When a new gang begins making major plays in Gotham, it's up to Batman to take down the gang leader Scarface and his "dummy", the Ventriloquist.
Tropes in this episode include:
- Always a Bigger Fish: Rhino is so huge, he unnerves the cops, who talk about how he might just shrug off a bullet. He's also utterly terrified of Scarface's wrath.
- Agitated Item Stomping: After Scarface produces the Incredibly Obvious Bug that Batman has planted on the Ventriloquist's suit, he throws it on the ground and start jumping on it. Justified and subverted because Scarface is a puppet and this is an obvious way to act out anger, but the Ventriloquist has to kneel down so Scarface can reach the ground.
- Batman Gambit: Batman confronts Rhino in an alley and demands answers. Batman knows he won't get anything out of this, but it'll shake up Rhino enough to go running to the gang's hideout.
- Beat Them at Their Own Game: After accusing the Ventriloquist of being the mole in Scarface's gang, Batman throws his voice to make it sound like the Ventriloquist is insulting his own boss. This causes Scarface's paranoia to boil over despite the Ventriloquist's protests.
The Ventriloquist: It wasn't me! I didn't say that! My lips didn't move!
Scarface: So what? You're a ventriloquist!
- Notably, it's not that Batman is a BETTER ventriloquist (you can see his lips move), but just that Arnold Wesker's mental illness is so advanced that his Scarface personality instantly falls for the ruse.
- Beware the Silly Ones: Batman's "yeah, right" reaction to seeing the "boss" of the gang seems rather foolish given how well Scarface plans his crimes and how successfully he manages to get Batman at his mercy.
- Big "NO!": The Ventriloquist when Scarface is shot.
- Bittersweet Ending: Batman takes down Scarface's gang, but the Ventriloquist is still fundamentally broken inside, and his sociopathic Split Personality is definitely not gone, which the final shot makes abundantly clear.
- Bond Villain Stupidity: Scarface and his gang could have easily killed Batman when he was knocked out, but instead they tie Batman up over a pit of spikes, which he inevitably escapes from. Admittedly, Scarface suspected Batman had an inside man, so it's possible he was planning to interrogate him about it, but that's no excuse for not unmasking him.
- Bunny-Ears Lawyer: Scarface is a split personality manifesting himself through a puppet, and yet he comes up with complex, airtight plans.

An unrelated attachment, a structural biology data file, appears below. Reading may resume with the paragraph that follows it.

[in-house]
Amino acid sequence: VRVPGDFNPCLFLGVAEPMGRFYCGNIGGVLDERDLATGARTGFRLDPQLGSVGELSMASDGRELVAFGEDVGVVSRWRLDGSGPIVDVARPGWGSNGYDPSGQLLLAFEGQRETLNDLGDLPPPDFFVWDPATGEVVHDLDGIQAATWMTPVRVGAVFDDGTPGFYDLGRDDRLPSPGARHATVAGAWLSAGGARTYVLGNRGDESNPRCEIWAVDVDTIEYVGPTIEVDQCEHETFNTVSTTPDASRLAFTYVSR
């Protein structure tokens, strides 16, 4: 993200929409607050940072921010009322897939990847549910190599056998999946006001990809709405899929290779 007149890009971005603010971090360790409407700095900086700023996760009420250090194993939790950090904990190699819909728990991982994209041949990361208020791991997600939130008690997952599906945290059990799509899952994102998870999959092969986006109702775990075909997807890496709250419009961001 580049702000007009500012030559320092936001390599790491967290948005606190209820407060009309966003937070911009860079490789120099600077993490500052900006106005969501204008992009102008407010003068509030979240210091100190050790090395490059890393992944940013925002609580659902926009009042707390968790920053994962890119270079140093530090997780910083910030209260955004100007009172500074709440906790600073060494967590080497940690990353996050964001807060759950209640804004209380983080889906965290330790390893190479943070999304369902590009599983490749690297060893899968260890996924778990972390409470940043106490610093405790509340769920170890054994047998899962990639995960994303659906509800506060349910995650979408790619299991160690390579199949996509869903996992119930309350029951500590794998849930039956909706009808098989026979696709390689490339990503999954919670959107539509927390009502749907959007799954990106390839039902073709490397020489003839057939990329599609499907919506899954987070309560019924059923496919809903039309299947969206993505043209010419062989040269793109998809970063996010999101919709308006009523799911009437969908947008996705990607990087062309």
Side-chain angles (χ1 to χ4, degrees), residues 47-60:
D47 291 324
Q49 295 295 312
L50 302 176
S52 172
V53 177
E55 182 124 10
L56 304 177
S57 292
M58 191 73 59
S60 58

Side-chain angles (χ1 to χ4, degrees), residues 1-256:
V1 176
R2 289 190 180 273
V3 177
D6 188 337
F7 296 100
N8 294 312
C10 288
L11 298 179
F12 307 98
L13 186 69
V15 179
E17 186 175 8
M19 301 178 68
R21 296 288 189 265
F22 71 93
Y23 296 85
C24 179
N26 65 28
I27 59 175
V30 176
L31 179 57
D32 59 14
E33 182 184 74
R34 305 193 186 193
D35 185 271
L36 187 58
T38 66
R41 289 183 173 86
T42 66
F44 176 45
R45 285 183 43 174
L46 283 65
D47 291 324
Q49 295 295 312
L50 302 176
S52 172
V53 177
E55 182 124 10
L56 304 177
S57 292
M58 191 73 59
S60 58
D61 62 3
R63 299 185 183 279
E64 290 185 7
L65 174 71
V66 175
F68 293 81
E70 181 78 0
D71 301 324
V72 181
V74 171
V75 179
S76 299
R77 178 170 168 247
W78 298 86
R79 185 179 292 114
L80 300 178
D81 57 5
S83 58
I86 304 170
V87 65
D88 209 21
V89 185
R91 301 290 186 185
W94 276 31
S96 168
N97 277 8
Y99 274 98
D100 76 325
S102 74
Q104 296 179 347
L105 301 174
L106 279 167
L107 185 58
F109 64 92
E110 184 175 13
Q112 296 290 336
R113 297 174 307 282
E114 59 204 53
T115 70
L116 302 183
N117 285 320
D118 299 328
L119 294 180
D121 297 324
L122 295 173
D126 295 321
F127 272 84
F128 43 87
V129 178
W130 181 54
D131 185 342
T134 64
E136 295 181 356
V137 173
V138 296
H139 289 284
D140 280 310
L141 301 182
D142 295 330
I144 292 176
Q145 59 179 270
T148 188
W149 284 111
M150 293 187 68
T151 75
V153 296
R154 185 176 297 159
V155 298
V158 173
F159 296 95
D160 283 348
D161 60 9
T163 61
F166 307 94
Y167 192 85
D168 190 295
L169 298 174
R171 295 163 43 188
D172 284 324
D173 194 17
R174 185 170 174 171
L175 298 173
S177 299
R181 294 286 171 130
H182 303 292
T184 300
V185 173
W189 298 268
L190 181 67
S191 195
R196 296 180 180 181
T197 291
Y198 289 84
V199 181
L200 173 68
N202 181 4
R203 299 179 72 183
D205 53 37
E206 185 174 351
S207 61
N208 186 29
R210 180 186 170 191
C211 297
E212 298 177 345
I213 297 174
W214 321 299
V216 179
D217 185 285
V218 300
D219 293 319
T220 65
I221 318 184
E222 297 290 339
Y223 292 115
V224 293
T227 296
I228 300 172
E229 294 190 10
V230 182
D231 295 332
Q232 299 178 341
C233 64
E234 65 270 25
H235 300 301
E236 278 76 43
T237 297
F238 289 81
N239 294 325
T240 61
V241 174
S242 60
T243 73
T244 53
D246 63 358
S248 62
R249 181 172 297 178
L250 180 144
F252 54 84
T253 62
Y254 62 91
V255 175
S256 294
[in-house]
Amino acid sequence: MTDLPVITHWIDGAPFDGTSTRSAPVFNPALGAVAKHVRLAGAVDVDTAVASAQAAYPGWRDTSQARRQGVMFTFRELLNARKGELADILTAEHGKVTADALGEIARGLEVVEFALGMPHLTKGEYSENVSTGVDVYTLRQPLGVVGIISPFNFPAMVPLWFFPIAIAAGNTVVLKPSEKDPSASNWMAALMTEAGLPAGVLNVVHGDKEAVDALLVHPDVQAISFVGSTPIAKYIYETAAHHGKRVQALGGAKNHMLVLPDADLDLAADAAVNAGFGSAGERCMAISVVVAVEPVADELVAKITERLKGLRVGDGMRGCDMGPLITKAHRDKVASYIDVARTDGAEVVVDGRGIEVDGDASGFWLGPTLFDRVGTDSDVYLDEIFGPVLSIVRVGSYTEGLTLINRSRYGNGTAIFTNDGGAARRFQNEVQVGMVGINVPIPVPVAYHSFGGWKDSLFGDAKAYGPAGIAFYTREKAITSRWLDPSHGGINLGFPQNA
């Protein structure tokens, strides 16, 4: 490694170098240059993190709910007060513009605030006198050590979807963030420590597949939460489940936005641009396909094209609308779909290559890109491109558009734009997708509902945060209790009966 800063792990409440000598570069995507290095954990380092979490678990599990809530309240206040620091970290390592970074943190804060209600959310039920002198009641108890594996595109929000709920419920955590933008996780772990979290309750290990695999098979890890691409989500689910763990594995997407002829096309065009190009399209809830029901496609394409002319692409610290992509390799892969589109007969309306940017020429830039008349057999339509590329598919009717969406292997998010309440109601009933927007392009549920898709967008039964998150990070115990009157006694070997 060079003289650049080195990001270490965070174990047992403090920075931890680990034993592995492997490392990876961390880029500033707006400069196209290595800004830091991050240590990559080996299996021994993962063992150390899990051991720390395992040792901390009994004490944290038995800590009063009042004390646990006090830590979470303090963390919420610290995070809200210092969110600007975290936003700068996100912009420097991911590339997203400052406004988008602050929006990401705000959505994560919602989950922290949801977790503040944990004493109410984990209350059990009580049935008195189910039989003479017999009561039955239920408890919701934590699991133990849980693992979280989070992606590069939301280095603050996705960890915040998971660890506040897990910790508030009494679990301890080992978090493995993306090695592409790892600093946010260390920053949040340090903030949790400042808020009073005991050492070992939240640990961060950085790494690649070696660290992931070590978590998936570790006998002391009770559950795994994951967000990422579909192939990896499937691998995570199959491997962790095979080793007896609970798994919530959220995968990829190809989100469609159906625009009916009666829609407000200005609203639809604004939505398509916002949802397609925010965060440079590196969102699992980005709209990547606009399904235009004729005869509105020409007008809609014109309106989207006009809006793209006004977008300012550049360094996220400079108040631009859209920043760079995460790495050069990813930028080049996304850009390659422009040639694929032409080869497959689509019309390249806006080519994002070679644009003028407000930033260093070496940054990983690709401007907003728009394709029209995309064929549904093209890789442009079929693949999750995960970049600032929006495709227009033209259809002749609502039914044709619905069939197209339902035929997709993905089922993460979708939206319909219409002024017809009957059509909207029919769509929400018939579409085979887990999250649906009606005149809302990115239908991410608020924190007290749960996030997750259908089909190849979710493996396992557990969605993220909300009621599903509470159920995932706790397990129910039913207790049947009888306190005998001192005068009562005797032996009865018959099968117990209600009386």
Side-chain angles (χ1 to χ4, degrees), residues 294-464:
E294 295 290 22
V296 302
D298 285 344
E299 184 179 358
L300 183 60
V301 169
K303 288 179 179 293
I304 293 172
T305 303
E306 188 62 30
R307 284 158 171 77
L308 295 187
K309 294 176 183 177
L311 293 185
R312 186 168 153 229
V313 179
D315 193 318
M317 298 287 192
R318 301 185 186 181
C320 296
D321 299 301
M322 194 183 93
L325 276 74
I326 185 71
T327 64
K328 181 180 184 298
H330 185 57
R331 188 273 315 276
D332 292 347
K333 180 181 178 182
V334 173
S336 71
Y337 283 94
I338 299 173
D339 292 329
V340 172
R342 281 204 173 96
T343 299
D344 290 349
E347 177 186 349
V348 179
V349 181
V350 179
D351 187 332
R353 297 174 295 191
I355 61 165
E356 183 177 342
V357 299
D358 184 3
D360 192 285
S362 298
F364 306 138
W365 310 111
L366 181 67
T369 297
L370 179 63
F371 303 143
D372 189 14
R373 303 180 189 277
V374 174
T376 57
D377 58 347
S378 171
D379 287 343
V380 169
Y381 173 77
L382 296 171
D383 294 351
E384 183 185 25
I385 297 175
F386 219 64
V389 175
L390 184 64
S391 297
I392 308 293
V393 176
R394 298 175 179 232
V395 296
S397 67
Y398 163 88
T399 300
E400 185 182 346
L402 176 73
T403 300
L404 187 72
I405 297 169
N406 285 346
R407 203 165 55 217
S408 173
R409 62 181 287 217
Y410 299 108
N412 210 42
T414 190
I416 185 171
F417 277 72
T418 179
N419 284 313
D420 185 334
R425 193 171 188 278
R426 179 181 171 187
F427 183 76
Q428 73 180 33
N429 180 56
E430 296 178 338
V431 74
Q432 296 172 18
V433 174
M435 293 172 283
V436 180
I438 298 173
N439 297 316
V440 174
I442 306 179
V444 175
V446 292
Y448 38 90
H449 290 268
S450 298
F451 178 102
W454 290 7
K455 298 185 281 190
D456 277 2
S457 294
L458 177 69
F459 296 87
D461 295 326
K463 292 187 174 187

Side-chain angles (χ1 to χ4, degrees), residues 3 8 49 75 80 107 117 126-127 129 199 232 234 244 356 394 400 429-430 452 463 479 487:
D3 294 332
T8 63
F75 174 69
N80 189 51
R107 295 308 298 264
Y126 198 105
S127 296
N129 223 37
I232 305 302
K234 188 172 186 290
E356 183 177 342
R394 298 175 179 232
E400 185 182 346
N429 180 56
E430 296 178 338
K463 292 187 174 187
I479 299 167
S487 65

- Call-Back: Batman recalls studying under Zatara. He says he learned a few ventriloquism techniques, which he uses to foil Scarface in the end.
- Cement Shoes: Scarface discuss with the Ventriloquist about putting Batman in ''concrete boots". Turns out that Scarface was invoking the cliche gangster trope for a reason. (Scarface has discovered the bug Batman planted in the Ventriloquist's suit and is luring Batman into a trap.)
: Batman's so hot, let's see him swim Gotham Bay in concrete boots. The Ventriloquist
: A good idea, Mr. Scarface. Scarface
: Bet your bow tie I'm right, dummy
. Say, who dresses you anyway? The Ventriloquist
: You're such a kidder, Mr. Scarface.
- Death Glare: Scarface pulls this on a mook who questions his plan, shifting his eyes toward him before slowly turning his head.
- Elite Mook: Rhino, whose massive frame and muscular build provide him with incredible strength and endurance. He's actually stronger than the already heavily built Batman, and Batman only wins using his superior martial arts.
- Freak Out: Scarface's "death" completely shatters the Ventriloquist's mind, rendering him completely harmless, crying Broken Tears over the ruined puppet. Batman takes him into custody with no further resistance.
- Genre Blindness: Rhino says he's safe so long as he doesn't take a swing at Batman, but Bats reminds him he's not dealing with a police officer.
- Gollum Made Me Do It: The Ventriloquist is a sniveling coward who has no control over the personality he projects into his Scarface doll, which hurls verbal abuse at him and threatens him constantly. The Ventriloquist treats Scarface as a completely separate person who just needs his help to move around.